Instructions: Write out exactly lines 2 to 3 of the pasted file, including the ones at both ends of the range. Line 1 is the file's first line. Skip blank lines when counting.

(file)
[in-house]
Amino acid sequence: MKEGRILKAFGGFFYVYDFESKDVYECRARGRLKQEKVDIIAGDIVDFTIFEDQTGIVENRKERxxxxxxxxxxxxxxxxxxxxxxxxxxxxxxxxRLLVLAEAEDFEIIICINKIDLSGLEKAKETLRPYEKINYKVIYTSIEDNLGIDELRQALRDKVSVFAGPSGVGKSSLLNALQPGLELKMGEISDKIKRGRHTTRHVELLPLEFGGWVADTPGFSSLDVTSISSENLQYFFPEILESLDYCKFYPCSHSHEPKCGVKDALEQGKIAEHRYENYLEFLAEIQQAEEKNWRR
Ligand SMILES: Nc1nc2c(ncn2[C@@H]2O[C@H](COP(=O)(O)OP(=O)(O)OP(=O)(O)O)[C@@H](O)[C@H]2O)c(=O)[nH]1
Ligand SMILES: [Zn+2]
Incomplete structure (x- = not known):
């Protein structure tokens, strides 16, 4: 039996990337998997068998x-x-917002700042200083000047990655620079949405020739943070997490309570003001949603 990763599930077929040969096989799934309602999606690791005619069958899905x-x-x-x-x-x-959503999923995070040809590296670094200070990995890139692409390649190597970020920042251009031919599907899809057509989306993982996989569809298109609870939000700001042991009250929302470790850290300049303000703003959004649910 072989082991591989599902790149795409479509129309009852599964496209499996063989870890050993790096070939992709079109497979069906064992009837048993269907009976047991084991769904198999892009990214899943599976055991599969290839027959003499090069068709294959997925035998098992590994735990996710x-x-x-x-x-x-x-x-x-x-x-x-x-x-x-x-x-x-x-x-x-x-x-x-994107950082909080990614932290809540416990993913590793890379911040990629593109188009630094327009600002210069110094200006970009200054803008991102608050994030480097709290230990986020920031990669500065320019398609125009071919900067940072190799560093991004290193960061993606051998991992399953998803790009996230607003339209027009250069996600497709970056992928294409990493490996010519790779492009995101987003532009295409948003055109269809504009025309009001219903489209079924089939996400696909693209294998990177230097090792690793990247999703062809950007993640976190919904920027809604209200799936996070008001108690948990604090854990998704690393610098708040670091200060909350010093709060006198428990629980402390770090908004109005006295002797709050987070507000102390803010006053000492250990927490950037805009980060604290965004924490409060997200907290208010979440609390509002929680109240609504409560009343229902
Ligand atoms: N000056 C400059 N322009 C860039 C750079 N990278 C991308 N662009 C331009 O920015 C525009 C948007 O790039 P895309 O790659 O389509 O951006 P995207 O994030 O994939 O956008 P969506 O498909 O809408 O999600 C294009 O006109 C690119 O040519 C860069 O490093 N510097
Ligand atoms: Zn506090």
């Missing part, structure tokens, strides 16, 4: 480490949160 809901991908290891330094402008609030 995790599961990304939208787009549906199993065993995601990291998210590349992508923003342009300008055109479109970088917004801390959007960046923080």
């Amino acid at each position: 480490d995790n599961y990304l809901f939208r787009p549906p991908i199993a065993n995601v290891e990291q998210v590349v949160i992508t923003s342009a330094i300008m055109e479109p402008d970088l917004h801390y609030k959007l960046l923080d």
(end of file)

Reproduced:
Amino acid sequence: MKEGRILKAFGGFFYVYDFESKDVYECRARGRLKQEKVDIIAGDIVDFTIFEDQTGIVENRKERxxxxxxxxxxxxxxxxxxxxxxxxxxxxxxxxRLLVLAEAEDFEIIICINKIDLSGLEKAKETLRPYEKINYKVIYTSIEDNLGIDELRQALRDKVSVFAGPSGVGKSSLLNALQPGLELKMGEISDKIKRGRHTTRHVELLPLEFGGWVADTPGFSSLDVTSISSENLQYFFPEILESLDYCKFYPCSHSHEPKCGVKDALEQGKIAEHRYENYLEFLAEIQQAEEKNWRR
Ligand SMILES: Nc1nc2c(ncn2[C@@H]2O[C@H](COP(=O)(O)OP(=O)(O)OP(=O)(O)O)[C@@H](O)[C@H]2O)c(=O)[nH]1